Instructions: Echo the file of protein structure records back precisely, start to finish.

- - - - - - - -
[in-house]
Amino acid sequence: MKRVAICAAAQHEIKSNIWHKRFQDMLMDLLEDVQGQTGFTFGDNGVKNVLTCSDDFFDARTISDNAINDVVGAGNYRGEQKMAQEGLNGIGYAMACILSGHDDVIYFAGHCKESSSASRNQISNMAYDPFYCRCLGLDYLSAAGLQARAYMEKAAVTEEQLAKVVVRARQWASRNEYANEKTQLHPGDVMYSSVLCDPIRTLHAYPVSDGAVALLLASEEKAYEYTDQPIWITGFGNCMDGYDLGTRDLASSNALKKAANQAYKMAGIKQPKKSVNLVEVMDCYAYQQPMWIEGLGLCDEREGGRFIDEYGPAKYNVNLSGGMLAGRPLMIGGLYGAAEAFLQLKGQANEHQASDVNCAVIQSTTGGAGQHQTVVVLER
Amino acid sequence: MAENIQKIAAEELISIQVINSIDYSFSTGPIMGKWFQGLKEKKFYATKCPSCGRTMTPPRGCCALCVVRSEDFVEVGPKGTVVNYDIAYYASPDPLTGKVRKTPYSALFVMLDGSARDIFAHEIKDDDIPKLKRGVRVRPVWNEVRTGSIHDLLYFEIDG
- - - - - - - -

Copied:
[in-house]
Amino acid sequence: MKRVAICAAAQHEIKSNIWHKRFQDMLMDLLEDVQGQTGFTFGDNGVKNVLTCSDDFFDARTISDNAINDVVGAGNYRGEQKMAQEGLNGIGYAMACILSGHDDVIYFAGHCKESSSASRNQISNMAYDPFYCRCLGLDYLSAAGLQARAYMEKAAVTEEQLAKVVVRARQWASRNEYANEKTQLHPGDVMYSSVLCDPIRTLHAYPVSDGAVALLLASEEKAYEYTDQPIWITGFGNCMDGYDLGTRDLASSNALKKAANQAYKMAGIKQPKKSVNLVEVMDCYAYQQPMWIEGLGLCDEREGGRFIDEYGPAKYNVNLSGGMLAGRPLMIGGLYGAAEAFLQLKGQANEHQASDVNCAVIQSTTGGAGQHQTVVVLER
Amino acid sequence: MAENIQKIAAEELISIQVINSIDYSFSTGPIMGKWFQGLKEKKFYATKCPSCGRTMTPPRGCCALCVVRSEDFVEVGPKGTVVNYDIAYYASPDPLTGKVRKTPYSALFVMLDGSARDIFAHEIKDDDIPKLKRGVRVRPVWNEVRTGSIHDLLYFEIDG